With: With: Deitrick Haddon, Lesley-Ann Brandt, Harry Lennix, Robert Ri'chard, Trevor Jackson, Vanessa Bell Calloway, Barry Floyd, Jeris Poindexter, Onyx Whitaker.

More Film

  • 'Elephant' Review: Less Majestic Than the

    'Elephant,' Narrated by Meghan Markle: Film Review

    Of all the members of the animal kingdom we think of as akin to humans — chimps, dolphins, whales, perhaps (if we’re being honest about it) our dogs — elephants may be the most movingly and preternaturally aware. Because you can see how intelligent they are. You see it in a chimp’s face, too, of [...]

  • Ken Shimura

    Ken Shimura Japanese Comedian Dies of Coronavirus Age 70

    Ken Shimura, a comedian who was a fixture on Japanese television for decades, died on Sunday evening from the coronavirus, the Japanese media reported Monday. He was 70, and immediately before his illness had been set for his first starring role in a feature film. Shimura entered a Tokyo hospital on March 20 with fever [...]

  • Gerard Schurmann, Film and TV Composer,

    Gerard Schurmann, Film and TV Composer, Dies at 96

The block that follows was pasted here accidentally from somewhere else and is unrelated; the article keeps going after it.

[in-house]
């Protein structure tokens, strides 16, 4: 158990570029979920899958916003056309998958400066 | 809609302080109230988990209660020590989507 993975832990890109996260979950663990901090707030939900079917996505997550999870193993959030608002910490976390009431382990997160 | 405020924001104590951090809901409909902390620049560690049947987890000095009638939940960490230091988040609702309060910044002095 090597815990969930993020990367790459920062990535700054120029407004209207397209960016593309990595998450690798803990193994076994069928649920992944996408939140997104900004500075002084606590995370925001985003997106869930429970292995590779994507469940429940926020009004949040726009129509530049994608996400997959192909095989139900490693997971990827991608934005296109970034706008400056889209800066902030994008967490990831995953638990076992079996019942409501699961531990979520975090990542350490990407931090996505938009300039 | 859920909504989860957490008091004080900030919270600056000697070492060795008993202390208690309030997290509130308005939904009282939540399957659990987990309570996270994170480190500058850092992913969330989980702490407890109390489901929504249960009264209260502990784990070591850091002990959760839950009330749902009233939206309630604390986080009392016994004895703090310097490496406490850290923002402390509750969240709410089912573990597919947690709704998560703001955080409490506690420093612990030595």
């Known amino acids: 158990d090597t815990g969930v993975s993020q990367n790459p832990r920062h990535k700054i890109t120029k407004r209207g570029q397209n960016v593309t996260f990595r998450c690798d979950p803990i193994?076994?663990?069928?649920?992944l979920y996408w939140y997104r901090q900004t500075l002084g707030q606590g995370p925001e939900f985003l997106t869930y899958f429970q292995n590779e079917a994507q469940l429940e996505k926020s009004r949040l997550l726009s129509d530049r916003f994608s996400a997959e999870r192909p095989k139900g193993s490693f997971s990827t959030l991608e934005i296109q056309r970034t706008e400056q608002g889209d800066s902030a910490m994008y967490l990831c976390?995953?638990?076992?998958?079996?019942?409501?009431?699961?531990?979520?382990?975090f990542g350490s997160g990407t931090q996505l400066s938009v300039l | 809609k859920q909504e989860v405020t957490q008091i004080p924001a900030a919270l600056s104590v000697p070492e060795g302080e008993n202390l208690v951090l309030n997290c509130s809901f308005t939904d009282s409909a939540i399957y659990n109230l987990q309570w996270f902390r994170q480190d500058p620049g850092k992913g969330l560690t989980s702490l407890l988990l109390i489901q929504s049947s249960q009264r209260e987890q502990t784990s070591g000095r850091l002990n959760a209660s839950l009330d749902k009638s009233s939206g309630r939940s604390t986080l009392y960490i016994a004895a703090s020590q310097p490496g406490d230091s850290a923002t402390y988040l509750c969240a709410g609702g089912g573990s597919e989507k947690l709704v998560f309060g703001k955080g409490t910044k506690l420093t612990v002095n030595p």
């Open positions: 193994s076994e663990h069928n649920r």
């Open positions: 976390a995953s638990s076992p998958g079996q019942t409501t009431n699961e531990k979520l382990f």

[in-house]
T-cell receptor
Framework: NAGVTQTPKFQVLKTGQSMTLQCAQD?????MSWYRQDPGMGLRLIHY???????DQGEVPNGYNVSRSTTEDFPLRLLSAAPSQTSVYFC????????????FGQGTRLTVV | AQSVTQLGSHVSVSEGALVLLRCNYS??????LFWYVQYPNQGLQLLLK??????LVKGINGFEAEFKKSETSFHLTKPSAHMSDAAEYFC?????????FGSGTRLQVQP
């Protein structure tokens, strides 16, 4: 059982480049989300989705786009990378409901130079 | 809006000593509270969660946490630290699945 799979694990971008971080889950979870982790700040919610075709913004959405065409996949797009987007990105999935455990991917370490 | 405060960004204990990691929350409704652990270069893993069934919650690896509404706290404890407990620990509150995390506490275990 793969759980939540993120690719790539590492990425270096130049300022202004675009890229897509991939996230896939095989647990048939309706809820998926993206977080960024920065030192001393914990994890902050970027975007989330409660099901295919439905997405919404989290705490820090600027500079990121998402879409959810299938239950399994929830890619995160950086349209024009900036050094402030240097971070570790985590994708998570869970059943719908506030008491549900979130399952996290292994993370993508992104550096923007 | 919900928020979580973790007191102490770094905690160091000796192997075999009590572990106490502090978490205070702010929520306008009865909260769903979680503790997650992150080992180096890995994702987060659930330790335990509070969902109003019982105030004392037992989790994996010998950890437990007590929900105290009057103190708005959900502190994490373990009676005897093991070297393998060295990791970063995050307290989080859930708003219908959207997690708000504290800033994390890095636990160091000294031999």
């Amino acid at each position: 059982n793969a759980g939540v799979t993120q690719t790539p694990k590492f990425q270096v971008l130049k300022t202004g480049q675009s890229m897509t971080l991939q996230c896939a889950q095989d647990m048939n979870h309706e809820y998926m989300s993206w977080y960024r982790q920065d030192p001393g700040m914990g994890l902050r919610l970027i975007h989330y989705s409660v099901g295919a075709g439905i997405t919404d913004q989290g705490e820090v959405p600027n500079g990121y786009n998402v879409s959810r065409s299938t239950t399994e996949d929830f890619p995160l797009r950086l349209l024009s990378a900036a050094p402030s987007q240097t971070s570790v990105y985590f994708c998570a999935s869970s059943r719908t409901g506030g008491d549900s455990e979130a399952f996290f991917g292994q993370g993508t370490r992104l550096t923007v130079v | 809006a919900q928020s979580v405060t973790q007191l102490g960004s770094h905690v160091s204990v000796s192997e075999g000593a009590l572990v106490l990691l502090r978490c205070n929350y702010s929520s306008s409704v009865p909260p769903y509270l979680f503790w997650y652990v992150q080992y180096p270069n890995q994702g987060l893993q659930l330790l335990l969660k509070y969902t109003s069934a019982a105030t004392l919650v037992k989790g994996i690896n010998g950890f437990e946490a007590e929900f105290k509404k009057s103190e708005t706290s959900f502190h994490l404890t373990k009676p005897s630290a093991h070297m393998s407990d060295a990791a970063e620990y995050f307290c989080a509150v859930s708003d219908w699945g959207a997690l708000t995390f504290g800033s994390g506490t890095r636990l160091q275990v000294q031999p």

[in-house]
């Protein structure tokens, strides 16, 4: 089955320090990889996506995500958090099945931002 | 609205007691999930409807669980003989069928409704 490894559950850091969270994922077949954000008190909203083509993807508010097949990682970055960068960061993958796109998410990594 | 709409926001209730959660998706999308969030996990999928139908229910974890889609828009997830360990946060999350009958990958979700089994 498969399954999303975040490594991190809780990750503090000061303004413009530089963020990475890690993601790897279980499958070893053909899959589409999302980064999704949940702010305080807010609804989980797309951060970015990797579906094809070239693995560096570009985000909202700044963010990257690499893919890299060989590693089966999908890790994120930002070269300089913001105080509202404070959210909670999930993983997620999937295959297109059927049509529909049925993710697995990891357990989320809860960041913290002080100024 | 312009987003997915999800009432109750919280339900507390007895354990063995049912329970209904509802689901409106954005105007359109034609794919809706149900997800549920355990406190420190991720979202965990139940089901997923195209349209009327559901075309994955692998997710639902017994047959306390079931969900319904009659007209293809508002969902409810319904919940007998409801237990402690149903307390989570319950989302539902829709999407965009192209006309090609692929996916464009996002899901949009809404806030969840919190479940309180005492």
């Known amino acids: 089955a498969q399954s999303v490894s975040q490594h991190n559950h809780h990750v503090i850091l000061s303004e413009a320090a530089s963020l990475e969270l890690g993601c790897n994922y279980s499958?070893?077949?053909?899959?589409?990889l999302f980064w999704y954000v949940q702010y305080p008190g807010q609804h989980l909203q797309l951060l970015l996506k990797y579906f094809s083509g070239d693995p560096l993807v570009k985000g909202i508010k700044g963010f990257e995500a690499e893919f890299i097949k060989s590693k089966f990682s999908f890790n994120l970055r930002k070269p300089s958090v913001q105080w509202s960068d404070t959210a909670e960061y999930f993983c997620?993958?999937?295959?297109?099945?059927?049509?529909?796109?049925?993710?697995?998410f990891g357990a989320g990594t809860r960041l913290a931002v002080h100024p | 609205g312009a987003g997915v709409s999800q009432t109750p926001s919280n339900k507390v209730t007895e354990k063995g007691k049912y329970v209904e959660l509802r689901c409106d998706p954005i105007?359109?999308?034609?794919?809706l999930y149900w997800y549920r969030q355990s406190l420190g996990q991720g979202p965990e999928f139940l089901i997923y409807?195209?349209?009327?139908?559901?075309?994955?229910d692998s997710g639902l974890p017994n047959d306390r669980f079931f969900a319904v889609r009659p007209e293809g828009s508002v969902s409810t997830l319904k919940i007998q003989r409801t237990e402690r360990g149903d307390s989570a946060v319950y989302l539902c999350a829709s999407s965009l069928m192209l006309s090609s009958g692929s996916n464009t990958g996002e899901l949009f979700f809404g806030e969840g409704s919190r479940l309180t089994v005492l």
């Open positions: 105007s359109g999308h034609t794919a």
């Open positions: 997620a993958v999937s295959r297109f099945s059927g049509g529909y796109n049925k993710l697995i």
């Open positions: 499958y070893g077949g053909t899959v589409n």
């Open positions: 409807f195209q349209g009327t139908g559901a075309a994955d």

Gerard Schurmann, whose 1960s film scores included “The Bedford Incident” and “Dr. Syn, Alias the Scarecrow” but who also composed extensively for the concert hall, died March 24 at his home in the Hollywood Hills. The cause of death was not announced; he was 96. Schurmann’s death was announced by his music publisher, Novello & [...]

  • Rita And Tom Hanks Coronavirus

    Tom Hanks and Rita Wilson Return to U.S. After Coronavirus Diagnosis in Australia

    Tom Hanks and Rita Wilson are back home in the U.S. after they revealed they had contracted coronavirus and were quarantined in Australia. Hanks gave an update on Twitter Saturday morning, thanking everyone who had helped them in Australia and assuring people that they are still isolating themselves in the U.S. “Hey, folks…We’re home now [...]

  • Film Comment Magazine Goes on Hiatus

    Film Comment Magazine to Go on Hiatus as Film at Lincoln Center Lays Off Half of Staff

    Many companies are being financially impacted by the coronavirus pandemic, and the Film at Lincoln Center is the latest organization to have to lay off employees and pause some of their operations. On Friday, executive director Lesli Klainberg released a memo announcing that the center had to furlough or lay off about half of its [...]

More From Our Brands

Access exclusive content